During their E3 press conference yesterday Sony announced the name for their new handheld previously known as the NGP (Next Generation Portable) – PS Vita (pronounced vee-tah). Although there was already some information from their original announcement (here and here), when they called it the NGP, there is a load more available now so I’ve compiled it all here for you, our loyal viewers.
“Vita”, which means “Life” in Latin, was chosen as the most appropriate name for the next generation portable entertainment system as it enables a revolutionary combination of rich gaming and social connectivity within a real world context as SCE aims to transform every aspect of a user’s daily life into an entertainment experience and an opportunity to play. – from Sony’s Vita press release
State of the art CPU and GPU – The most powerful ever used in a handheld gaming system.
Dual analog sticks
5-inch OLED capacitive multi-touch screen on the front and a capacitive multi-touch pad on the rear
Front and rear facing cameras capable of recording video at 320×240 resolution at 120 frames per second, or 640×480 at 60 fps. Max resolution: 640×480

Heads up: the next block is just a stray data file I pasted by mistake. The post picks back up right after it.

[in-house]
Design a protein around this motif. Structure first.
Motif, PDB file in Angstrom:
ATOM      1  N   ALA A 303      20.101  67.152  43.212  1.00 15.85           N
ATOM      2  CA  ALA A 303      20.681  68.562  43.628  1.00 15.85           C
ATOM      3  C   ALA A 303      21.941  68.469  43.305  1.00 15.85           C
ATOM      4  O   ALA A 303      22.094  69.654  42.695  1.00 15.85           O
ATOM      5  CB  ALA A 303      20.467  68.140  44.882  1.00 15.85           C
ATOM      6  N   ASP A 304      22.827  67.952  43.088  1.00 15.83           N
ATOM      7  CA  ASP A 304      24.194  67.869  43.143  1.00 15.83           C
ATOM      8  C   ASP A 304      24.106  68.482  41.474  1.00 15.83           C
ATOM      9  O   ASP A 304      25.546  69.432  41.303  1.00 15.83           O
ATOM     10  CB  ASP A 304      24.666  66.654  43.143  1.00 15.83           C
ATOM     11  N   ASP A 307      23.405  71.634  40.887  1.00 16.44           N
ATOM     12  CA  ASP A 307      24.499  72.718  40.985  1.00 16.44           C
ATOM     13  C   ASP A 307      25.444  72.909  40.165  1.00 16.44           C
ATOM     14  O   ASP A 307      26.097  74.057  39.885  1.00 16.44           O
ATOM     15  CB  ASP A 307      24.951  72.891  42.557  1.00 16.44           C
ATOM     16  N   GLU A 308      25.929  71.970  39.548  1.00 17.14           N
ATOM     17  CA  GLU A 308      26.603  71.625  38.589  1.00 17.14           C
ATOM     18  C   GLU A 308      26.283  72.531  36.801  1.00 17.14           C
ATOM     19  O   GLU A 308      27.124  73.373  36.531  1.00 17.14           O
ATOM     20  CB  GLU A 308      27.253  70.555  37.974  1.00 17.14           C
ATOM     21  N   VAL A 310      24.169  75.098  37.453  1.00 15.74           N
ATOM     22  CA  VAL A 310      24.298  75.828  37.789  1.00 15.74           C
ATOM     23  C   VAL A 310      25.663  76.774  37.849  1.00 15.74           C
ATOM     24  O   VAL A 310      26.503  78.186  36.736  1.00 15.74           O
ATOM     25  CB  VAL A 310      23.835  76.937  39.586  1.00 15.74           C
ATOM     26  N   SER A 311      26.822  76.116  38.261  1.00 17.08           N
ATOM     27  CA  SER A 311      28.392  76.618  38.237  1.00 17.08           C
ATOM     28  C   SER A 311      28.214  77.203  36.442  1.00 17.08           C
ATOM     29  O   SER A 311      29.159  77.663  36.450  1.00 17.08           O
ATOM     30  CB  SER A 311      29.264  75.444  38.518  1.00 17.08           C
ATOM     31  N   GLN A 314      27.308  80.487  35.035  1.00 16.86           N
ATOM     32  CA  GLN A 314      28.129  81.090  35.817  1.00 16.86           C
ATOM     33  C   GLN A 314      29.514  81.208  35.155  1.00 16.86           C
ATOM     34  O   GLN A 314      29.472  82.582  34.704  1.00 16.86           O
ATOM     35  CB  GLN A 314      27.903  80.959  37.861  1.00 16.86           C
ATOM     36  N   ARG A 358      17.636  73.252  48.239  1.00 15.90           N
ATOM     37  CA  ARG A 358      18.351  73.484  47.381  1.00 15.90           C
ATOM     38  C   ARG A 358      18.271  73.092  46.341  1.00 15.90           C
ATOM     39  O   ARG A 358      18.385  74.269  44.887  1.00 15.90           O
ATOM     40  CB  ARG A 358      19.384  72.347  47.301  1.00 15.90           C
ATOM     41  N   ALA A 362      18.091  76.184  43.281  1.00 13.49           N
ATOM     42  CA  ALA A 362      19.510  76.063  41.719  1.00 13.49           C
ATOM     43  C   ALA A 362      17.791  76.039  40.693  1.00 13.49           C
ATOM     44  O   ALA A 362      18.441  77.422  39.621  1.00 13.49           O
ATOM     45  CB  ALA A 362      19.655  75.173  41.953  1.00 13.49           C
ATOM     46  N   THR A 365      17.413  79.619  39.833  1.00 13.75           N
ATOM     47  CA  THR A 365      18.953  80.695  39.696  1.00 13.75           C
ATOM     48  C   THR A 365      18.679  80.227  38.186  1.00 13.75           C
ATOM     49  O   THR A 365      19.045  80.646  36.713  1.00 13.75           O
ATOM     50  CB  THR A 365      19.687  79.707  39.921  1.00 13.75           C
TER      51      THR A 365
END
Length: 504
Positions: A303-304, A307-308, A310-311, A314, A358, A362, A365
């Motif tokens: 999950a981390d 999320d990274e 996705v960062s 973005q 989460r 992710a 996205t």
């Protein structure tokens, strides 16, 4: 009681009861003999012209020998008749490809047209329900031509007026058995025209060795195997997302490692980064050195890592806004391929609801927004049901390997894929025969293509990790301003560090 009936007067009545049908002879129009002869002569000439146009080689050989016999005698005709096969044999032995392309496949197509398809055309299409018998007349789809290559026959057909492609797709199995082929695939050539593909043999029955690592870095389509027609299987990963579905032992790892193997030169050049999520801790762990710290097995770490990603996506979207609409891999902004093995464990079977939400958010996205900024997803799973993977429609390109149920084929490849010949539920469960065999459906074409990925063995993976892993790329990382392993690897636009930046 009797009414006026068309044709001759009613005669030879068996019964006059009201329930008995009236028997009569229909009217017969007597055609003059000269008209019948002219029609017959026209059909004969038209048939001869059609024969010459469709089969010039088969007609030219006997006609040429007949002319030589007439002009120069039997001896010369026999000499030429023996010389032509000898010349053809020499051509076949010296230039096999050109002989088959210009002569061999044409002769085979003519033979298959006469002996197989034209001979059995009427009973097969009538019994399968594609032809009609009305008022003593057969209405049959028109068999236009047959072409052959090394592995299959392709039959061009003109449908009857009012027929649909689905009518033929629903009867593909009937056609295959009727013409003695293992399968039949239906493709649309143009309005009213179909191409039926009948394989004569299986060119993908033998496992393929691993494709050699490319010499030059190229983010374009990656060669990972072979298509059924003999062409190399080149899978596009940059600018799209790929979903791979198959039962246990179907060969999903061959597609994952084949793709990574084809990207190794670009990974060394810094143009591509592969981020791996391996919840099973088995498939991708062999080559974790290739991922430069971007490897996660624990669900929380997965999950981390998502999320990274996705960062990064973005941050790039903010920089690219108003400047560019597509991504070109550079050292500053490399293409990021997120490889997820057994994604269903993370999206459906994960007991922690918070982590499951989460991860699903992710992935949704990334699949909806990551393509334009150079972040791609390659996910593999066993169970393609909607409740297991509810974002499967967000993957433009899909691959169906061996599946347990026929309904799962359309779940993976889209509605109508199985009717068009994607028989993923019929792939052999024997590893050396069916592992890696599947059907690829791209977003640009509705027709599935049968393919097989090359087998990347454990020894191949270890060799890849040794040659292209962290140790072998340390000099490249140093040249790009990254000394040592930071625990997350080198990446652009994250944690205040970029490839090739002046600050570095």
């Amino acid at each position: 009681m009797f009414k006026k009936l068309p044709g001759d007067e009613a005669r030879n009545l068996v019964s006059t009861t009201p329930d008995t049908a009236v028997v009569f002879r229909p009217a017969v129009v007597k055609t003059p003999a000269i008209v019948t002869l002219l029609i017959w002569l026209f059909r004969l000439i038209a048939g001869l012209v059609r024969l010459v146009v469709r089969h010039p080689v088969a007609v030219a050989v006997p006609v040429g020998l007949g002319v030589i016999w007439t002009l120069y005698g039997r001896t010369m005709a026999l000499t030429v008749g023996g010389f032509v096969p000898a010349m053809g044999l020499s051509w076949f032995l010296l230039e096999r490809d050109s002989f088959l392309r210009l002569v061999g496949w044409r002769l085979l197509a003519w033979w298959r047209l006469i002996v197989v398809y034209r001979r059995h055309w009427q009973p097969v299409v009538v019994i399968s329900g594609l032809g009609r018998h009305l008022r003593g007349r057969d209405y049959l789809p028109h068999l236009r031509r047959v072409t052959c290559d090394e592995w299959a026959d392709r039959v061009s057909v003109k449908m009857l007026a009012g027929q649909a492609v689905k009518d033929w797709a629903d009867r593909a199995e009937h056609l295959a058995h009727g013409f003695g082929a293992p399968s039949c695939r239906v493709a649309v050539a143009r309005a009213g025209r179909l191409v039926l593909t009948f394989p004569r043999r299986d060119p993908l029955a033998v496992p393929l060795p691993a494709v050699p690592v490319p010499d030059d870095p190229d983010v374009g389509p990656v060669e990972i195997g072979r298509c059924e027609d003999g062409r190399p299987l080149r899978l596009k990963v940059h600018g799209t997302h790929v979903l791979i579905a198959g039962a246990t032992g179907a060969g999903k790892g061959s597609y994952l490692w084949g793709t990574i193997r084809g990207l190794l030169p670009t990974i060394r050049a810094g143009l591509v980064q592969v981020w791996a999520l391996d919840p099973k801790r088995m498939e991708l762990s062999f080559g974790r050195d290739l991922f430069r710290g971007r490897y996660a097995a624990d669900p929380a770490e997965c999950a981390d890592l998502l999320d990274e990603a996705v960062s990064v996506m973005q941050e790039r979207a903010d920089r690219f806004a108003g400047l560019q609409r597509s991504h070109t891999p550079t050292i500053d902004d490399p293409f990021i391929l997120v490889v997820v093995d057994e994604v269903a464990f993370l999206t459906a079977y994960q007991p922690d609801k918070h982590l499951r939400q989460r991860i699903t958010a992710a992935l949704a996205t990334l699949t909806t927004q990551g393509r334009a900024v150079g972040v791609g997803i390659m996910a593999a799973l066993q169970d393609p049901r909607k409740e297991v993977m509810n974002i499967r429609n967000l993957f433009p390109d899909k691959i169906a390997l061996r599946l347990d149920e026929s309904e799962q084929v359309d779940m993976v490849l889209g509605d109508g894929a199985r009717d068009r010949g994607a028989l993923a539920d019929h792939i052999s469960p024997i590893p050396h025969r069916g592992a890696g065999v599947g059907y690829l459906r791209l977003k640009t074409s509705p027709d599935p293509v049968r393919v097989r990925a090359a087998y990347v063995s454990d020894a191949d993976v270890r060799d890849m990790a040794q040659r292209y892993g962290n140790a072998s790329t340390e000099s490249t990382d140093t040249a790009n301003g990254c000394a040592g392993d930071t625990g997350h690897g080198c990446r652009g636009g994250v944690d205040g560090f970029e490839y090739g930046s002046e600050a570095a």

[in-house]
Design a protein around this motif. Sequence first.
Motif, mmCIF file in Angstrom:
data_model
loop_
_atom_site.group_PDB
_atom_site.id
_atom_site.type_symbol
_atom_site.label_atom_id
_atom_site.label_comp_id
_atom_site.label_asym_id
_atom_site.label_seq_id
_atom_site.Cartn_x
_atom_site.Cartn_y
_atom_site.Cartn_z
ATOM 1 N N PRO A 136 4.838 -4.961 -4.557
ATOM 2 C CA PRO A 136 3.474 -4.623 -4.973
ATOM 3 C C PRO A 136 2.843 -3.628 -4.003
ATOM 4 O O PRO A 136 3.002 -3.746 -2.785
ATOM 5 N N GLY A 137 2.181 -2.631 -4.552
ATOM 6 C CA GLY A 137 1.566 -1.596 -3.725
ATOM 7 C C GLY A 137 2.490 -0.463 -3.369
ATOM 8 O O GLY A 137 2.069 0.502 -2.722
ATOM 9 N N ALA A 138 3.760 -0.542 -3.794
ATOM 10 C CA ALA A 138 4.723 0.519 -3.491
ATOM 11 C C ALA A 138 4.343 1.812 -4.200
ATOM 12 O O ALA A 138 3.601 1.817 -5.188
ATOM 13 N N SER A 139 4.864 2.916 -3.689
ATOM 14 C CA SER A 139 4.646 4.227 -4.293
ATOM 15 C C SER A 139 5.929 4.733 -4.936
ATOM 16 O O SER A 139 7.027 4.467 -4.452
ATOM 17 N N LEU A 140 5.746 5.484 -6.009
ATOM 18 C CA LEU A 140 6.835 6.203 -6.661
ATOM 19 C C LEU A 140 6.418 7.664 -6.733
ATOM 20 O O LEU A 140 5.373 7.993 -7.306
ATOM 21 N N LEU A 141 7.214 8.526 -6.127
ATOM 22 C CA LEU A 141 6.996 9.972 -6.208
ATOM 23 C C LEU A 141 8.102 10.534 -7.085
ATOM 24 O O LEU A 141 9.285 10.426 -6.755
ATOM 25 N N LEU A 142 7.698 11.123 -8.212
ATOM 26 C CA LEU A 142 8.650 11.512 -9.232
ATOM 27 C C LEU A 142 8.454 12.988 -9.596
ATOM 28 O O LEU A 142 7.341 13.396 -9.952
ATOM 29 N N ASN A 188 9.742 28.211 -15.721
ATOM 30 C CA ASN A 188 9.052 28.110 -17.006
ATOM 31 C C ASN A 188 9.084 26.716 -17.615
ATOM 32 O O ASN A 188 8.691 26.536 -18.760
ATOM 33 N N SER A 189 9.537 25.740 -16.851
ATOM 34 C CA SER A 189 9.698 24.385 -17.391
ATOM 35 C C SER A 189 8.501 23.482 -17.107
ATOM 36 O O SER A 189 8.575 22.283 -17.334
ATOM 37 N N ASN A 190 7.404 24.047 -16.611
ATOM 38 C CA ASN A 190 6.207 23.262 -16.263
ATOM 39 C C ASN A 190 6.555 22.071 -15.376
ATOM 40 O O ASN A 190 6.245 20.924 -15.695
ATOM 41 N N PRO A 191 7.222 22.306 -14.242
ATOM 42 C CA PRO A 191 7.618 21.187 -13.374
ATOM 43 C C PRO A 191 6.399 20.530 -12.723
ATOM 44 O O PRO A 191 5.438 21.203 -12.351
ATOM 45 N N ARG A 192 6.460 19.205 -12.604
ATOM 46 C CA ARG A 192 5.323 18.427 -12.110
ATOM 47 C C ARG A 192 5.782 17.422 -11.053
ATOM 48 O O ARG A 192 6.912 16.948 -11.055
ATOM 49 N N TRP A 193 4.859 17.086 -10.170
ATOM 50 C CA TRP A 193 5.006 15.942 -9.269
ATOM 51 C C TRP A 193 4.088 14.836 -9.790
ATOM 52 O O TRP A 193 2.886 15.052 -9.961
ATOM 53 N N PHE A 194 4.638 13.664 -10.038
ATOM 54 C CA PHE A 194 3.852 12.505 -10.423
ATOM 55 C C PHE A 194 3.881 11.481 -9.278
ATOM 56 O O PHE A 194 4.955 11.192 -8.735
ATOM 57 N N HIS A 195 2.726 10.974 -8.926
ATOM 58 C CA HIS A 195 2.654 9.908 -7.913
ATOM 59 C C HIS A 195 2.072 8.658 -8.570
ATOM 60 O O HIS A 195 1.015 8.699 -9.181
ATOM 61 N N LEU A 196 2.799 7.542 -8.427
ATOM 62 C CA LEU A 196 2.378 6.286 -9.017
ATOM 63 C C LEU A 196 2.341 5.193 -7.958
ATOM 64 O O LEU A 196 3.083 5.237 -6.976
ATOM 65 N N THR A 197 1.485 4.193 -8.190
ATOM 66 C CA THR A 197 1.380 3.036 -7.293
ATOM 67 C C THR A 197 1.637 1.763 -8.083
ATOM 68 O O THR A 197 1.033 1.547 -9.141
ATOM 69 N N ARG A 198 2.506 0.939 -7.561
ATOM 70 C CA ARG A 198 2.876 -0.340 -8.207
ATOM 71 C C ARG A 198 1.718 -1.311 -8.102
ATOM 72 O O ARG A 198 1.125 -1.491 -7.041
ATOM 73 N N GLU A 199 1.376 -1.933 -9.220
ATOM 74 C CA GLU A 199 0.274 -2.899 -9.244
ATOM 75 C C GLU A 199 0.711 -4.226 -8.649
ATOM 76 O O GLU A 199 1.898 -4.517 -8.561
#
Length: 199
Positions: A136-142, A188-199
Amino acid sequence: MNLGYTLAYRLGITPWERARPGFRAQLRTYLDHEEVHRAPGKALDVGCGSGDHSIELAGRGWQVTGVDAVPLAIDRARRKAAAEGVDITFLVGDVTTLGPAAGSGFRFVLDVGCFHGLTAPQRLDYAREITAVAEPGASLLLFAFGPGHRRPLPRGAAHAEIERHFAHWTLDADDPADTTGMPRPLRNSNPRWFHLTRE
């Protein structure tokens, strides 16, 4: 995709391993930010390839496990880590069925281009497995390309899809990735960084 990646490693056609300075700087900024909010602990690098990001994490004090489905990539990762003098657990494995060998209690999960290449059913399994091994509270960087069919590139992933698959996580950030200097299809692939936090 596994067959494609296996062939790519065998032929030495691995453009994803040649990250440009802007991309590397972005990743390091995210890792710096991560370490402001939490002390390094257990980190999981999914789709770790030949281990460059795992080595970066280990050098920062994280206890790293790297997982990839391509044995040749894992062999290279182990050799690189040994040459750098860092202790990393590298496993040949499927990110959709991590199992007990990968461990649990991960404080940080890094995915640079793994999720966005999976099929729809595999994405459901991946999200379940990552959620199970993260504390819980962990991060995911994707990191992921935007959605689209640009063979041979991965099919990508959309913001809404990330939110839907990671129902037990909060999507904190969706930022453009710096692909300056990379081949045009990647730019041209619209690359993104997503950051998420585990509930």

Six-axis motion sensing using a 3-axis gyroscope and 3-axis accelerometer, as well as a 3-axis electronic compass.
Built-in GPS on the 3G model, and WiFi location support.
Built-in lithium-ion battery – No details have been released about the battery life, but they’ve confirmed that the battery will not be accessible.
Memory and game mediums
Sony have stated that they are working on a proprietary memory stick for the Vita which could mean something new instead of the Memory Stick Pro DUO used in the PSP. Hopefully this means they will have a larger memory capability which will most likely be required considering the focus on digital distribution. Games will also be available on a physical medium – flash based memory cards which will have extra space to allow for save data and downloadable content. No further details have been released about the memory sticks or game medium.
It has been confirmed that PSP and PSone games, as well as minis, purchased on the PSN will all work on the Vita. This means that any PSP owners with digitally downloaded games, including the two free games from the welcome back package, will immediately be able to download and play them on their Vita. Content developed for PlayStation Suite on Android smart phones will also be compatible with the Vita.
Now onto the software side of things. Go to the next page for more information about the pre-installed applications, a list of games that are currently in development for the Vita, and pricing information.